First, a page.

Once upon a time, when I was editor-in-chief of a national magazine in New York City, I was one of those people deemed "important" enough to be given tickets to all sorts of big-time events. And once upon a time, when my wife was a top executive at one of the city's largest ad agencies, she, too, was considered important enough to be on the receiving end of the same type of goodies.

But that was a long time ago.

Subsequently, I went off on my own to become a freelance writer, my wife went off on her own to start her own marketing business -- and neither of us was considered important enough for freebies anymore.

Well, now there's a new "Mr. Tickets" in town -- and it's our middle son, Greg. As a sports marketing manager at Pepsi, Greg has picked up where his mom and dad left off: He's now the one who comes through with tickets to Mets opening day, to Kobe and the Lakers at Madison Square Garden, and to the U.S. Open.

A few weeks back, right after the NFL draft, Greg and I were talking. I was telling him -- my fellow Jets fanatic -- that I questioned the wisdom of cutting ties with Thomas Jones, Leon Washington and Alan Faneca, three Jets stalwarts, in draft-related maneuvers. He said, "Why don't you complain to Rex about it," referring, of course, to Jets head coach Rex Ryan. I said, "Ha ha," but he insisted, "No, really. He'll be at Taste of the NFL (the Jets annual meet-and-greet dinner) on Wednesday night. Why don't you go with me, and let Rex know what you think."

Well, I was flattered by the invitation -- not to mention tickled by the turnaround: Son scores tickets and brings dad to the big evening! I could get used to that ...

Of course there were a handful of guys -- there always is -- who just stood around and chatted among themselves, clearly feeling that chasing after the Jets was beneath them. No such compunctions for Greg and me! We eagerly lined up -- like teenage girls at a Justin Timberlake concert -- for snapshots with our Gang Green favorites.

Our first encounter: a 305-pound side of beef with long, flowing golden-blond locks. Nick Mangold, of course! Greg and I had decided up-front that it would be a good idea to have something halfway intelligent to say to each player, so we'd at least look like a couple of guys carrying on a sports conversation rather than a pair of mute, imbecilic groupies. Fortunately, I'd heard Mangold interviewed by Joe Benigno on WFAN that very morning, and was able to say very casually, "Hey, I liked the way you handled yourself with Benigno on those Faneca questions."

"You mean I didn't come off like an idiot, the way I usually do?" he asked, sounding appreciative.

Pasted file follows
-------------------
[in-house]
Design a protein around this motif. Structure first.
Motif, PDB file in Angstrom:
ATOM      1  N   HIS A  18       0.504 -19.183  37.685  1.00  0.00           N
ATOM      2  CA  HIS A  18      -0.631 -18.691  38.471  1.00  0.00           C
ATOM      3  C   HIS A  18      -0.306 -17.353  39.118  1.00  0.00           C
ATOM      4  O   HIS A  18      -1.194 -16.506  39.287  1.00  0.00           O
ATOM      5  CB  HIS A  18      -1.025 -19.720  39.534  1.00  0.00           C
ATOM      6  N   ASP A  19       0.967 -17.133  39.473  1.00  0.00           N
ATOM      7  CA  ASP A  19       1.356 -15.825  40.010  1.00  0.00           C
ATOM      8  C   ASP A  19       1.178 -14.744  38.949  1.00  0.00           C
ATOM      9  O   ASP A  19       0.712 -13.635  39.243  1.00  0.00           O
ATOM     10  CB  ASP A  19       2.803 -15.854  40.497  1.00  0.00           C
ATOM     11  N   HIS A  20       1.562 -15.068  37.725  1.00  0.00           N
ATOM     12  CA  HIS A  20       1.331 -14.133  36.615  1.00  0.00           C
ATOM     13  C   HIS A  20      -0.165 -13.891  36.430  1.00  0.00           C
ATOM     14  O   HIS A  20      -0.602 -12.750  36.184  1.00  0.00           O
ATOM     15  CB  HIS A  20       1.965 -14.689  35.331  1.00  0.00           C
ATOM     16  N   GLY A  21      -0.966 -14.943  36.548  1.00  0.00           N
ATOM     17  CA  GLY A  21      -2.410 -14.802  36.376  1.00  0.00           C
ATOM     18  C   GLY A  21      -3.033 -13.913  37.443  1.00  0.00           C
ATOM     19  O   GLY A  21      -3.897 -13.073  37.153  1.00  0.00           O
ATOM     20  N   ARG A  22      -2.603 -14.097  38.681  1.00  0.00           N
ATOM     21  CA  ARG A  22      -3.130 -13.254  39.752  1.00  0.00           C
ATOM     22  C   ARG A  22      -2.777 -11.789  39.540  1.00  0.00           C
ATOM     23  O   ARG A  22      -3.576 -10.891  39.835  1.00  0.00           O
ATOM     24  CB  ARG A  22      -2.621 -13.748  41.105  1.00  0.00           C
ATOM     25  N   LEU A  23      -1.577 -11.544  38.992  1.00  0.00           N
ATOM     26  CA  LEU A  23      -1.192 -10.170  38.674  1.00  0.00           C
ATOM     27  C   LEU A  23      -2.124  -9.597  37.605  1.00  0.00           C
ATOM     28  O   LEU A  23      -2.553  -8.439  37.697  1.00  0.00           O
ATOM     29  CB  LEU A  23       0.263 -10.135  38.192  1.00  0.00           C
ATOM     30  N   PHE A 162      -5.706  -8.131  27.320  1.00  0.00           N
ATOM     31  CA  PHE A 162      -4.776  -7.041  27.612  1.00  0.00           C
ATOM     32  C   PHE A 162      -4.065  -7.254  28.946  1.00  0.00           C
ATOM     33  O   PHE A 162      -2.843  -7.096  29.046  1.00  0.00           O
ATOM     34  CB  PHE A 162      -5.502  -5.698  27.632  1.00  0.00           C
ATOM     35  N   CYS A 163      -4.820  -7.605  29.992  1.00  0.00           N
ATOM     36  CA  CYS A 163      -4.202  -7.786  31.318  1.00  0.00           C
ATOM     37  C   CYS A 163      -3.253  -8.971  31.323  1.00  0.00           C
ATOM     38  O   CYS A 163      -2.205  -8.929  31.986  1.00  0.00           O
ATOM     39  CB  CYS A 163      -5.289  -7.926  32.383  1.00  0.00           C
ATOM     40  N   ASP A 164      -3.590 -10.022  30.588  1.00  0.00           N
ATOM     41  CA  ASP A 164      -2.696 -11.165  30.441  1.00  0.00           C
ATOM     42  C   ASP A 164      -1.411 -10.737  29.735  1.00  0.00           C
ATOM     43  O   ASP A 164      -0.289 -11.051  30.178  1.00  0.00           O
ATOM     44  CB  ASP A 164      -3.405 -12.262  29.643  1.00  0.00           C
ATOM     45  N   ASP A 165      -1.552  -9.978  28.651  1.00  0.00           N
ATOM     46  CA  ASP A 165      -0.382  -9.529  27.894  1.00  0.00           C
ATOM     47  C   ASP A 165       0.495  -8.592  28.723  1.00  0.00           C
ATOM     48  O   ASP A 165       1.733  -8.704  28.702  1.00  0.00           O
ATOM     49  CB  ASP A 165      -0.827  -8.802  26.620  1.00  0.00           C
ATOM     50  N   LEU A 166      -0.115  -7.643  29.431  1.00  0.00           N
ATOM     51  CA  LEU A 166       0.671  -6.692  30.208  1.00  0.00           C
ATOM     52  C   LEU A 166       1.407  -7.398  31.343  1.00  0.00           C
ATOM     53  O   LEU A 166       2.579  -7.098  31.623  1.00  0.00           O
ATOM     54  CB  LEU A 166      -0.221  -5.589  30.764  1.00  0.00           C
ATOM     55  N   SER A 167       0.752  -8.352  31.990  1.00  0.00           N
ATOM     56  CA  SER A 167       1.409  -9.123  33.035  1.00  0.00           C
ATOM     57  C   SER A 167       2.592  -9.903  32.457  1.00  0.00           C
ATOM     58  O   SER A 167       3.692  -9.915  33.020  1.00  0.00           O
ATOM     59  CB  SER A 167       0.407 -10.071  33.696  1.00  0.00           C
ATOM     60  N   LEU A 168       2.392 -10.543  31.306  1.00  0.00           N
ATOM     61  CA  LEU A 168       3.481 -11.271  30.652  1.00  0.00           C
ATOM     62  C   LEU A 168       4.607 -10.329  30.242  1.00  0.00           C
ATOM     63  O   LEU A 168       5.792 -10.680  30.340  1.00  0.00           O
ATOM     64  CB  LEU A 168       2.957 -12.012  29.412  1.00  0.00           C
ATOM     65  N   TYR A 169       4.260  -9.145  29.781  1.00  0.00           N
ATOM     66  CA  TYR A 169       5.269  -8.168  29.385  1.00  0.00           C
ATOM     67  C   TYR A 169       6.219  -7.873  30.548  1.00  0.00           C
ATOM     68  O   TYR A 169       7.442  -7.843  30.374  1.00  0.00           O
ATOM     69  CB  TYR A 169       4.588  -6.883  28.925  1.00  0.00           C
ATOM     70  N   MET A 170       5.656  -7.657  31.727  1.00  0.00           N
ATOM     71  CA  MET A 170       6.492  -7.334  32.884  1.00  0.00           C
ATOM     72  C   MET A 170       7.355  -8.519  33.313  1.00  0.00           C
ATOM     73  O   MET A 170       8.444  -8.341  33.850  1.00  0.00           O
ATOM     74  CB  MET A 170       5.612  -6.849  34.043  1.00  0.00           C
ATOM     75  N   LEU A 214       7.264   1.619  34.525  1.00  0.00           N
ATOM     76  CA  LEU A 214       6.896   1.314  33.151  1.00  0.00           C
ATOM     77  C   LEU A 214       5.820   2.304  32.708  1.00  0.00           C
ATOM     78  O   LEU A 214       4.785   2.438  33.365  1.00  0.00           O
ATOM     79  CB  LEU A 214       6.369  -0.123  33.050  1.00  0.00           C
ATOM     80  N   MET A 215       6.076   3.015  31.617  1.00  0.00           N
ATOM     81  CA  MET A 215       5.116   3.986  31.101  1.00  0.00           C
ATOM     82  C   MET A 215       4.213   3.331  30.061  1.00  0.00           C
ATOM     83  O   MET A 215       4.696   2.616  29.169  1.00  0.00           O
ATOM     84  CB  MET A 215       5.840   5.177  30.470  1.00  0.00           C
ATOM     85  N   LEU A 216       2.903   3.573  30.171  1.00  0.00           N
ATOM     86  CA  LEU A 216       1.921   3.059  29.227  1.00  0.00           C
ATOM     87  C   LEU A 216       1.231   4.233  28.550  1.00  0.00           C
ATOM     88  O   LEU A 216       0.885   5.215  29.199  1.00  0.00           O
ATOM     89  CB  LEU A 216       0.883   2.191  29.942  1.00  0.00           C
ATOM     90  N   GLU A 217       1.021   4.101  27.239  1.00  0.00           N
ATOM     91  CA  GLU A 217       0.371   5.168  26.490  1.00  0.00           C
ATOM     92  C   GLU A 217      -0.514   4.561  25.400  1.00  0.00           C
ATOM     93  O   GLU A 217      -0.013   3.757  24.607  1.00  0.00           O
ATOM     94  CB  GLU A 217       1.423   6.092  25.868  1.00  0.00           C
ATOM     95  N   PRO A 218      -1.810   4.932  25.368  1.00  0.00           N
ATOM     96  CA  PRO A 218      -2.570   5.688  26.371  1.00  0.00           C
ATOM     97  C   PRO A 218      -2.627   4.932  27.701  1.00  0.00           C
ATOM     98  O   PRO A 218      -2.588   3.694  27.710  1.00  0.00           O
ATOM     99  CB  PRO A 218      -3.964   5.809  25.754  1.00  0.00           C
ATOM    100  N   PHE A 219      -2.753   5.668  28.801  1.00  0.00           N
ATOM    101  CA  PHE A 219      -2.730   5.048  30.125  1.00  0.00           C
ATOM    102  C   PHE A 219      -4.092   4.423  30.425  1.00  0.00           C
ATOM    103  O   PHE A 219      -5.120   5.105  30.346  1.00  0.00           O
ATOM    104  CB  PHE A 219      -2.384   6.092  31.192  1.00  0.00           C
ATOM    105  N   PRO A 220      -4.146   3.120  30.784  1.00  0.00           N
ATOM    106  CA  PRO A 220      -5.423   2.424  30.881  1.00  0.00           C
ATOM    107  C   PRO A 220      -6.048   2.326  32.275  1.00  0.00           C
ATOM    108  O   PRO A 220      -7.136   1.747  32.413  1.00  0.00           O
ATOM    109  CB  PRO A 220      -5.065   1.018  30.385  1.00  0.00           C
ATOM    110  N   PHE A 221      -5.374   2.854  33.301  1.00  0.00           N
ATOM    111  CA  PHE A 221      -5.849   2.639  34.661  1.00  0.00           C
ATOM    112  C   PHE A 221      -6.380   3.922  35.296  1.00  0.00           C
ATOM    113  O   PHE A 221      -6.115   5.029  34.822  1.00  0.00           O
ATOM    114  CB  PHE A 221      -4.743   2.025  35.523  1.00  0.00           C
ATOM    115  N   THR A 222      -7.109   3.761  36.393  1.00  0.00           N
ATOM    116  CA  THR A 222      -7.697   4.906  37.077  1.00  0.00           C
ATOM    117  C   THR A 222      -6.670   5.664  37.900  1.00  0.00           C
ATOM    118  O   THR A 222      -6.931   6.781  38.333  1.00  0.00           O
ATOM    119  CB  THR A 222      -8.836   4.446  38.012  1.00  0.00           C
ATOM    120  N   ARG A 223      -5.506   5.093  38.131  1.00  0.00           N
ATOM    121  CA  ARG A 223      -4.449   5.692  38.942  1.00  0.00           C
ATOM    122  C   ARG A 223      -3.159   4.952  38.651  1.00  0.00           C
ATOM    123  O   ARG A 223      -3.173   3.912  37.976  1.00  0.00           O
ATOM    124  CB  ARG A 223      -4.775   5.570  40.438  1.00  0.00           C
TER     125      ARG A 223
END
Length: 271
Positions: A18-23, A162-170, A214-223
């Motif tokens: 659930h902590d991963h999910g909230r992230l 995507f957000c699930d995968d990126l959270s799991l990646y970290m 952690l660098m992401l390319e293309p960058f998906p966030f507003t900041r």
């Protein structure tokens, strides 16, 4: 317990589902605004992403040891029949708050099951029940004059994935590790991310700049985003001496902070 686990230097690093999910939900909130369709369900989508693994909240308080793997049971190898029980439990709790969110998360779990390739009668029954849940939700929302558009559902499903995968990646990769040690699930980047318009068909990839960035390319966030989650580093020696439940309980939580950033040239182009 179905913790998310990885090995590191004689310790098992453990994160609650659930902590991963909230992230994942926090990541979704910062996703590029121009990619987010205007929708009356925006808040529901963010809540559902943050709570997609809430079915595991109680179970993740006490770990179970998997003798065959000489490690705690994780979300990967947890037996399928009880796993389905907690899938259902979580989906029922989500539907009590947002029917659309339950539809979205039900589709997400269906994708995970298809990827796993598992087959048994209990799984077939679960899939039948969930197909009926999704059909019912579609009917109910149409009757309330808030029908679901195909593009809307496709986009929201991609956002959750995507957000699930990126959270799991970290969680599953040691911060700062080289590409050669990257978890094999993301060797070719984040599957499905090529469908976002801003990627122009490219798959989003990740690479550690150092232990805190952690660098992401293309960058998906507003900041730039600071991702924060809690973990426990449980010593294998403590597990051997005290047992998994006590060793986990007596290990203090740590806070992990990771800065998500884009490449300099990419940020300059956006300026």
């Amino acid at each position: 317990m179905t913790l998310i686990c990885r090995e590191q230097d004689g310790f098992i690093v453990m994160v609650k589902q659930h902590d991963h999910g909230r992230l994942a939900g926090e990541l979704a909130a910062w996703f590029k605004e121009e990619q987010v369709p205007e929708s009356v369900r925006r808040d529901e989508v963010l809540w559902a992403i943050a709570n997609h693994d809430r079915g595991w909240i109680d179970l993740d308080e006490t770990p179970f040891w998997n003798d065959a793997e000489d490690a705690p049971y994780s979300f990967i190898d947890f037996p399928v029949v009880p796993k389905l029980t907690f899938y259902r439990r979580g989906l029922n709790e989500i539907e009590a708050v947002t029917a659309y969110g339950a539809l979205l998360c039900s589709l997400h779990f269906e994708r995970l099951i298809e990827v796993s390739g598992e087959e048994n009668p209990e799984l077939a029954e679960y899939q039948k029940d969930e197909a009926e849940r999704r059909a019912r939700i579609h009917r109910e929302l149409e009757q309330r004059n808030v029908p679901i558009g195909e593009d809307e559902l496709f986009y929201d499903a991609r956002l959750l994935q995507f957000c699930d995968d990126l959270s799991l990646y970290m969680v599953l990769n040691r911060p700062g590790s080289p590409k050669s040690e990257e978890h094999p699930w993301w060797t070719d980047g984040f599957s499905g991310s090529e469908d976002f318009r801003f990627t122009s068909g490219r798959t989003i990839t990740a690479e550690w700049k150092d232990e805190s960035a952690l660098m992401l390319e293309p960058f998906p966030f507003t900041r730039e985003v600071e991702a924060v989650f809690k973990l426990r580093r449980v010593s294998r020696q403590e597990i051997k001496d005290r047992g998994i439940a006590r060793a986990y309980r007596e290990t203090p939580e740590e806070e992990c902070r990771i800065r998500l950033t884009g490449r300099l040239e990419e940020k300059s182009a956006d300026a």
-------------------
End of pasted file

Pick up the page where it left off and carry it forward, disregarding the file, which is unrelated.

Good strategy.

We did more of the same with offensive tackle D'Brickashaw Ferguson ("Great job keeping those guys away from our boy Mark."), linebacker Calvin Pace ("Nice work with the eight sacks last year -- let's see even more this year."), fullback Tony Richardson ("Love the way you block for Shonn."), and tight end Dustin Keller ("Hope they let Sanchez throw a few more balls your way this year.").

When we got to Jerricho Cotchery, my favorite Jets offensive player, I suppose I did get a little groupie-like. "You're the man, Jerricho," I gushed. "When we need an important catch, you make it every time."

And then ... cornerback Darrelle Revis. The Darrelle Revis. The Jets' best player. The finest at his position in the game, and -- for my money -- playing the game's toughest position. I have to admit, I was awed.

I told Revis that all three of my sons played corner in high school, and because of that, I had tremendous respect and admiration for the way he played the position. To his credit, he at least acted interested. Then Greg decided to go out on a limb and throw Revis a curve ball.

"My little brother's a Dolphins fan, and he tells me that Brandon Marshall [the Dolphins' new wide receiver] is going to torch you," Greg said.

Revis laughed a big, confident laugh. "Are you kidding me?" he screeched. "You tell your little brother that Marshall won't even smell the ball when I play him."

Music to our ears.

Of course, at events like these, there's always a hierarchy. On the one hand, you've got Darrelle Revis, real Jets Royalty -- with the line to meet him stretching halfway around the ballroom. And at the very next station, there's Eric Smith, a relatively anonymous safety, pen in hand, self-consciously chatting with a team official, waiting for someone to ask him for an autograph.

I suppose deep down it reminded me of the way I felt after drawing what I thought was a pretty healthy crowd at a local Barnes & Noble book-signing, and then seeing J.K. Rowling at the same venue a few weeks later, needing yellow police tape and saw horses to keep the overflow masses in order. Even though neither Greg nor I cared all that much about Smith, we went over and engaged him for a minute anyway. "Hey Eric, keep up the good work" -- that kind of harmless thing. Hope he didn't notice that we didn't even bother with a photo.

Westporter Hank Herman, whose "Home Team" column appears every other Friday in the Westport News, will be teaching Advanced Creative Writing at the Norwalk Community College Extended Studies program this June-July. For more information, call 203-857-7054, or click on www.ncc.commnet.edu.